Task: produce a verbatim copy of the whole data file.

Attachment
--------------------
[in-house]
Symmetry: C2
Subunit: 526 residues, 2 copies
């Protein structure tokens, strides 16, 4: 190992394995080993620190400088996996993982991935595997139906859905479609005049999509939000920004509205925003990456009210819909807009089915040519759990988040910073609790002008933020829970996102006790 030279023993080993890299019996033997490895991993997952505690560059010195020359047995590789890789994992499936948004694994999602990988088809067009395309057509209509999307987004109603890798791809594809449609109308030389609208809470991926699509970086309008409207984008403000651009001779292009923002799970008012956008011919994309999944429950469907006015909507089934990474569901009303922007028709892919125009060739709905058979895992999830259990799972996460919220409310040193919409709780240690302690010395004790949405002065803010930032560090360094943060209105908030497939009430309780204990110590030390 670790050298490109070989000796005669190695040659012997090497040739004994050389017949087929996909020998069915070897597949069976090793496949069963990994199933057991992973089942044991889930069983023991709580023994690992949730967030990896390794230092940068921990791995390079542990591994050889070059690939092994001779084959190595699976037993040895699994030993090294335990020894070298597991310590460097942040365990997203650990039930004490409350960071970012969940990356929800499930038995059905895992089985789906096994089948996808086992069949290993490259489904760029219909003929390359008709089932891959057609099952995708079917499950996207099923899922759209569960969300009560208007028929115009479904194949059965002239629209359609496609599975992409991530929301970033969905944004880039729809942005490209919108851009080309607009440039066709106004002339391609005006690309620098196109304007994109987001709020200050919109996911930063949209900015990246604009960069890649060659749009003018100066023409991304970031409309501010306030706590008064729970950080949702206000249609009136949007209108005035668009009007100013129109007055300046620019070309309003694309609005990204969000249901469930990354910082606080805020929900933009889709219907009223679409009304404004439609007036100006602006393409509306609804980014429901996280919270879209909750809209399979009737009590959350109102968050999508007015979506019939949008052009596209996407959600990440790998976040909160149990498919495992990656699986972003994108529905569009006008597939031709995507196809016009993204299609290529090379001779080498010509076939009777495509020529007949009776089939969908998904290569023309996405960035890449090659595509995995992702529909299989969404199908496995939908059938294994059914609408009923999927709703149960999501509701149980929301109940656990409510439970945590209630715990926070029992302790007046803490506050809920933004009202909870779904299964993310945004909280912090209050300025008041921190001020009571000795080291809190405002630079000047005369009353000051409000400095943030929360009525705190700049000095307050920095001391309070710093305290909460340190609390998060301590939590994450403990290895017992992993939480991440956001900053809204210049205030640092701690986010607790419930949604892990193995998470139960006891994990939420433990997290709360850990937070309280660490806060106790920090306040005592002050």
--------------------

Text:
[in-house]
Symmetry: C2
Subunit: 526 residues, 2 copies
């Protein structure tokens, strides 16, 4: 190992394995080993620190400088996996993982991935595997139906859905479609005049999509939000920004509205925003990456009210819909807009089915040519759990988040910073609790002008933020829970996102006790 030279023993080993890299019996033997490895991993997952505690560059010195020359047995590789890789994992499936948004694994999602990988088809067009395309057509209509999307987004109603890798791809594809449609109308030389609208809470991926699509970086309008409207984008403000651009001779292009923002799970008012956008011919994309999944429950469907006015909507089934990474569901009303922007028709892919125009060739709905058979895992999830259990799972996460919220409310040193919409709780240690302690010395004790949405002065803010930032560090360094943060209105908030497939009430309780204990110590030390 670790050298490109070989000796005669190695040659012997090497040739004994050389017949087929996909020998069915070897597949069976090793496949069963990994199933057991992973089942044991889930069983023991709580023994690992949730967030990896390794230092940068921990791995390079542990591994050889070059690939092994001779084959190595699976037993040895699994030993090294335990020894070298597991310590460097942040365990997203650990039930004490409350960071970012969940990356929800499930038995059905895992089985789906096994089948996808086992069949290993490259489904760029219909003929390359008709089932891959057609099952995708079917499950996207099923899922759209569960969300009560208007028929115009479904194949059965002239629209359609496609599975992409991530929301970033969905944004880039729809942005490209919108851009080309607009440039066709106004002339391609005006690309620098196109304007994109987001709020200050919109996911930063949209900015990246604009960069890649060659749009003018100066023409991304970031409309501010306030706590008064729970950080949702206000249609009136949007209108005035668009009007100013129109007055300046620019070309309003694309609005990204969000249901469930990354910082606080805020929900933009889709219907009223679409009304404004439609007036100006602006393409509306609804980014429901996280919270879209909750809209399979009737009590959350109102968050999508007015979506019939949008052009596209996407959600990440790998976040909160149990498919495992990656699986972003994108529905569009006008597939031709995507196809016009993204299609290529090379001779080498010509076939009777495509020529007949009776089939969908998904290569023309996405960035890449090659595509995995992702529909299989969404199908496995939908059938294994059914609408009923999927709703149960999501509701149980929301109940656990409510439970945590209630715990926070029992302790007046803490506050809920933004009202909870779904299964993310945004909280912090209050300025008041921190001020009571000795080291809190405002630079000047005369009353000051409000400095943030929360009525705190700049000095307050920095001391309070710093305290909460340190609390998060301590939590994450403990290895017992992993939480991440956001900053809204210049205030640092701690986010607790419930949604892990193995998470139960006891994990939420433990997290709360850990937070309280660490806060106790920090306040005592002050």